A look back at Apple's last 12-inch laptop

I'm really looking forward to the new MacBook for a whole host of reasons. The 12-inch Retina display is one of them. For Mac users of the current era, 12 inches sounds like an odd size — everything's either 11, 13 or 15 inches these days. But Apple's had that particular size in its roster before. The last time Apple made such a beast was a decade ago: The 2005 12-inch PowerBook G4 model was discontinued in 2006, as Apple migrated from PowerPC to Intel processors.

In his Think Retro column for Macworld.com, Chris Phin fondly remembers the 12-inch PowerBook G4.

Before it was announced in January 2003, anyone buying a laptop realistically had to decide between capability and portability, but with the 12-inch PowerBook G4, you felt for the first time like you could have both: a powerful machine easily able to be your main Mac, in a tiny, chuck-it-in-a-bag frame.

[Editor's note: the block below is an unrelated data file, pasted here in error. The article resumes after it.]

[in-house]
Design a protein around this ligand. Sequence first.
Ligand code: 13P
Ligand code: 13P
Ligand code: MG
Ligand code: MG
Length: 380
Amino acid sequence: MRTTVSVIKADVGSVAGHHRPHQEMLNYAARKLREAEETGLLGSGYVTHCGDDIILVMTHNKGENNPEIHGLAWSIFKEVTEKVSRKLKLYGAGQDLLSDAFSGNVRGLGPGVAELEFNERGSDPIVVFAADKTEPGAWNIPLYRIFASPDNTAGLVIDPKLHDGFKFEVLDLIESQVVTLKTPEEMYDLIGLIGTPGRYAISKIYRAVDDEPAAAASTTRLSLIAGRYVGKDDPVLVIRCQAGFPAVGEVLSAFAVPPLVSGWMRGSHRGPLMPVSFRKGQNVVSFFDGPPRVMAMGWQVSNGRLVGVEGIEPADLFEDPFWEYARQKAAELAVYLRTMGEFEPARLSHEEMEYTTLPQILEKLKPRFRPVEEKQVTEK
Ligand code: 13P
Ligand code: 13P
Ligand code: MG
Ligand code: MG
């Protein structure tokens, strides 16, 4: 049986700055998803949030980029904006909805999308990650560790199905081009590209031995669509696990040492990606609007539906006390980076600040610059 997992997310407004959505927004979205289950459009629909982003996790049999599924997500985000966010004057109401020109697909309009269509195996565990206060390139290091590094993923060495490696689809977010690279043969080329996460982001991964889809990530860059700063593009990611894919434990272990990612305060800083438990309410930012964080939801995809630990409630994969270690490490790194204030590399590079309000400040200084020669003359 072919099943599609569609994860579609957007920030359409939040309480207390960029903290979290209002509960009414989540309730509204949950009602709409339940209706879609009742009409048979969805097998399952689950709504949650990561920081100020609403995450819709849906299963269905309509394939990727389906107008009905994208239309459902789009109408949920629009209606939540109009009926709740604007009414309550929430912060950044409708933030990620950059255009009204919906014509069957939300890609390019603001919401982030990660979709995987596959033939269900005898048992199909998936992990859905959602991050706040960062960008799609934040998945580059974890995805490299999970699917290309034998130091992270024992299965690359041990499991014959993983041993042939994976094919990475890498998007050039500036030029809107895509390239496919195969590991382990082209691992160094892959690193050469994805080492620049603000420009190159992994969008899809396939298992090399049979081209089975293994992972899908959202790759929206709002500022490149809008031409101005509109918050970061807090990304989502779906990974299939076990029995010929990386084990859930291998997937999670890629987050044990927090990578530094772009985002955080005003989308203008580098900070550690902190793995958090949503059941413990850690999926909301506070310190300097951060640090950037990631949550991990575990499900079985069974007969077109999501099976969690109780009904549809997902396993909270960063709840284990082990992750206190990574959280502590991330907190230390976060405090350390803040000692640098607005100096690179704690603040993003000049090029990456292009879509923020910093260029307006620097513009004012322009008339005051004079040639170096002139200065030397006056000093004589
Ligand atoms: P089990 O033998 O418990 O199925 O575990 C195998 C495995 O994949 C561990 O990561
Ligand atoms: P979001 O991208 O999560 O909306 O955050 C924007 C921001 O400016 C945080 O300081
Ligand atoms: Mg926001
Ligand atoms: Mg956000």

I never had the pleasure of owning a 12-inch PowerBook. At about that time I made a conscious decision to do all of my work on a laptop, so I decided that the 17-inch was the right size for me. I still prefer larger, heavier-duty laptops like my current daily driver, a 15-inch Retina MacBook Pro.

Having said all that, the 12-inch PowerBook G4 was a great little machine, beautifully designed — like an alyoominium-clad iBook, but considerably better-equipped.

One feature of the 12-inch PowerBook G4 (and other machines of the era) thing I wish Apple included with its MacBooks today: A removable battery. If you've ever taken a modern MacBook model apart, you know why it's not feasible: Apple crams almost every bit of open space inside the chassis with battery, rather than making it a module you can just remove. And yeah, the new MacBook won't be any different on that count. Apple's designed new battery cells that are layered and sandwiched together to fit inside the new design.

Peter Cohen